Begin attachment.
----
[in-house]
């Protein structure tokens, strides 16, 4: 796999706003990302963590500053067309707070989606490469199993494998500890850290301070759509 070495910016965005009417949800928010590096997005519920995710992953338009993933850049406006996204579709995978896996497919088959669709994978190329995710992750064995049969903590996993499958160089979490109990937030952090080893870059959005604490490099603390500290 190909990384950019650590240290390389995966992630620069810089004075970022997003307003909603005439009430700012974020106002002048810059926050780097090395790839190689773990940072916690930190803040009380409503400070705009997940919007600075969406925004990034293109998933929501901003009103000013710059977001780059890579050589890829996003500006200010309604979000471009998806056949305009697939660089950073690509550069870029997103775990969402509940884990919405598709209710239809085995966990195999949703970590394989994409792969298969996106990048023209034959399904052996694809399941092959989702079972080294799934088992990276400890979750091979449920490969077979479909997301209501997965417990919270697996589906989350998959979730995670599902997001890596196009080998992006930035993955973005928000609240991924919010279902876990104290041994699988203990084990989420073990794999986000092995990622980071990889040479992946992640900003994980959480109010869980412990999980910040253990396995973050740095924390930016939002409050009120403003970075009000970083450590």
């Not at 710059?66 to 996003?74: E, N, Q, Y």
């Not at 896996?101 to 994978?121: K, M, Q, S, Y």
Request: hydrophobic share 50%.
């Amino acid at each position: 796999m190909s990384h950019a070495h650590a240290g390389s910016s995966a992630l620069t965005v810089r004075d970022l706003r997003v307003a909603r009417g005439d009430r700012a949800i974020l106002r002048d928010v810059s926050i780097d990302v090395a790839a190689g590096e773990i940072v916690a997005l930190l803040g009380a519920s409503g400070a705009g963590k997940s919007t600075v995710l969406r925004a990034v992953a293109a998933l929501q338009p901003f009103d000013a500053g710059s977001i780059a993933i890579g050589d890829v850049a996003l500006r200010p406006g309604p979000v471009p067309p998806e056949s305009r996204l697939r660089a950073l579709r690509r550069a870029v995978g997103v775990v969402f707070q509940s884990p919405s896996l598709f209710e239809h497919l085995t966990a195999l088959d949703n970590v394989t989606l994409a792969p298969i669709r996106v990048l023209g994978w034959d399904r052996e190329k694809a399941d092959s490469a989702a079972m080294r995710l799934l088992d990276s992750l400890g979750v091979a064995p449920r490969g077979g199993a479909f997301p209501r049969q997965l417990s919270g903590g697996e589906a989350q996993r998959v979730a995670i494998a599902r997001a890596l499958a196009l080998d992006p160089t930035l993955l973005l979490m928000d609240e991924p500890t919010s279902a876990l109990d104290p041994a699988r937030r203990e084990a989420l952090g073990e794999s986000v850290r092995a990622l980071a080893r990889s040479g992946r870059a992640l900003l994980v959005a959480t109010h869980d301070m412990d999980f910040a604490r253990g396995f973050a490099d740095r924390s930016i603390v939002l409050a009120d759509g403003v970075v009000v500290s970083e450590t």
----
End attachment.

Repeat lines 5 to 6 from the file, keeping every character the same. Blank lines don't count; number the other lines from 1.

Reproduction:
Request: hydrophobic share 50%.
């Amino acid at each position: 796999m190909s990384h950019a070495h650590a240290g390389s910016s995966a992630l620069t965005v810089r004075d970022l706003r997003v307003a909603r009417g005439d009430r700012a949800i974020l106002r002048d928010v810059s926050i780097d990302v090395a790839a190689g590096e773990i940072v916690a997005l930190l803040g009380a519920s409503g400070a705009g963590k997940s919007t600075v995710l969406r925004a990034v992953a293109a998933l929501q338009p901003f009103d000013a500053g710059s977001i780059a993933i890579g050589d890829v850049a996003l500006r200010p406006g309604p979000v471009p067309p998806e056949s305009r996204l697939r660089a950073l579709r690509r550069a870029v995978g997103v775990v969402f707070q509940s884990p919405s896996l598709f209710e239809h497919l085995t966990a195999l088959d949703n970590v394989t989606l994409a792969p298969i669709r996106v990048l023209g994978w034959d399904r052996e190329k694809a399941d092959s490469a989702a079972m080294r995710l799934l088992d990276s992750l400890g979750v091979a064995p449920r490969g077979g199993a479909f997301p209501r049969q997965l417990s919270g903590g697996e589906a989350q996993r998959v979730a995670i494998a599902r997001a890596l499958a196009l080998d992006p160089t930035l993955l973005l979490m928000d609240e991924p500890t919010s279902a876990l109990d104290p041994a699988r937030r203990e084990a989420l952090g073990e794999s986000v850290r092995a990622l980071a080893r990889s040479g992946r870059a992640l900003l994980v959005a959480t109010h869980d301070m412990d999980f910040a604490r253990g396995f973050a490099d740095r924390s930016i603390v939002l409050a009120d759509g403003v970075v009000v500290s970083e450590t």